Gilded Age Working Conditions U.S. History II Mr. Blais
Workers and Type of Work • Factory work between 1860 and 1890 continually increased. • There were 900,000 factory workers in 1860 and over three million by 1890. • People who had once held advantages over others for knowing a skill were now put out of business and forced to work in unskilled jobs. • Tasks were menial and repetitive
Working Conditions • The average worker had 10-14 hour shifts, and commonly worked six days a week • Workers made between $400-$500 a year and the minimum needed for a descent standard of living was around $600 • Some workers even had to live in company towns and shop only at company stores with company money
Hazards of the Job • In the late 1800s there were NO safety regulations • Child labor was common place and nearly a third of all school age children worked full time jobs. • Workers breathed in saw dust, coal dust, and toxic fumes • Machines were so crammed together that injuries were everyday occurrences • Work related fatalities were also common place to the point were some factories had fatalities daily.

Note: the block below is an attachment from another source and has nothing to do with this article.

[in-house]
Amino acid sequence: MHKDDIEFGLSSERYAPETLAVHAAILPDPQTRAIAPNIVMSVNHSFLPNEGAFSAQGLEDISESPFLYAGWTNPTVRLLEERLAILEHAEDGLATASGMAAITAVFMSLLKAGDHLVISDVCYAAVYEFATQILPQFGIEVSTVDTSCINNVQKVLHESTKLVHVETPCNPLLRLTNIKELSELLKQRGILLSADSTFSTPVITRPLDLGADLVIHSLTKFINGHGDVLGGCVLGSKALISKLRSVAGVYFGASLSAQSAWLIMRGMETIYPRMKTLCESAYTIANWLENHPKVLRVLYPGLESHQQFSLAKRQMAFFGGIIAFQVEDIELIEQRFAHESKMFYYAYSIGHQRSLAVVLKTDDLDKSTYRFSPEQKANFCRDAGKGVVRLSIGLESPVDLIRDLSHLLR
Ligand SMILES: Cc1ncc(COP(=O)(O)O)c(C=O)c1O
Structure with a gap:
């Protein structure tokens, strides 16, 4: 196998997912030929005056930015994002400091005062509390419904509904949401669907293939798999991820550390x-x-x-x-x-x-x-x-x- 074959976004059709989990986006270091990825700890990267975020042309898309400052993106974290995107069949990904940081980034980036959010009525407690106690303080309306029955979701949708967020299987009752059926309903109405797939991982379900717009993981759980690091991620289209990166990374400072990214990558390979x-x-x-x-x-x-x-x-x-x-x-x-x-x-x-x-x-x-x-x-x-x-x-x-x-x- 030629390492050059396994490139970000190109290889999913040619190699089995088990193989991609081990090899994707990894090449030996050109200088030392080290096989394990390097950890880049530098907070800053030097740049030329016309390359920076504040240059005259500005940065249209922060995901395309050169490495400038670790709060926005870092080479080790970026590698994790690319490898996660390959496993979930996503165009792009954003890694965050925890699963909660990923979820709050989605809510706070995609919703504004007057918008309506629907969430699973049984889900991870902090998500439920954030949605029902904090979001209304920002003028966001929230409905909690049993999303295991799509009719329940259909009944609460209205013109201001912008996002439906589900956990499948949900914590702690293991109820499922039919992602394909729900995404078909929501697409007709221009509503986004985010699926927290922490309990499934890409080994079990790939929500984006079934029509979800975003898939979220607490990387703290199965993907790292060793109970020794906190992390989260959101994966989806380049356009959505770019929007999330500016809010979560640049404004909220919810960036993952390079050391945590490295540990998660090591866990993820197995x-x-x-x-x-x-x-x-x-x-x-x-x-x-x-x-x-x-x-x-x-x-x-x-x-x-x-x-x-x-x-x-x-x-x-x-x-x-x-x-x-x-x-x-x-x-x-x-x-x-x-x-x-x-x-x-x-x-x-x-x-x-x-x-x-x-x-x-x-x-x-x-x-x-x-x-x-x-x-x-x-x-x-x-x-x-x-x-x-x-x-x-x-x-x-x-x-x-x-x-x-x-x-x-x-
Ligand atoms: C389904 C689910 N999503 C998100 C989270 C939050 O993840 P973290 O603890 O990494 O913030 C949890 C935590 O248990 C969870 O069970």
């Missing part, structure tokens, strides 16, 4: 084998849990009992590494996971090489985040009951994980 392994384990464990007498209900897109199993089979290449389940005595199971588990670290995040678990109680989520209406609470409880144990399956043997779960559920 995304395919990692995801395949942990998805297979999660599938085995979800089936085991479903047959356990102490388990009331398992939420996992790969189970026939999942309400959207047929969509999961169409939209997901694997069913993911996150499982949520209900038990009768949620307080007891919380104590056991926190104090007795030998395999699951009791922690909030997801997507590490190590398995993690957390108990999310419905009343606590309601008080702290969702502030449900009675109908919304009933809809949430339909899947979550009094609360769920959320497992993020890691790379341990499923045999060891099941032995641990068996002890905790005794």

Job Insecurity • If workers were injured the job they simply lost their job. • If killed, there was no compensation given to families. • Workers were also constantly laid off due to economic recessions • They were simply expendable due to the lack of skill necessary to do their jobs.
Efforts at Unionizing • There were attempts made by workers to unionize and create change in the workplace. • However there were issues with organization…such as: • High numbers of immigrants didn’t speak the same language • People were constantly moving from job to job • Employers would refuse to high unionized workers • Strikes failed because employers would hire all new workers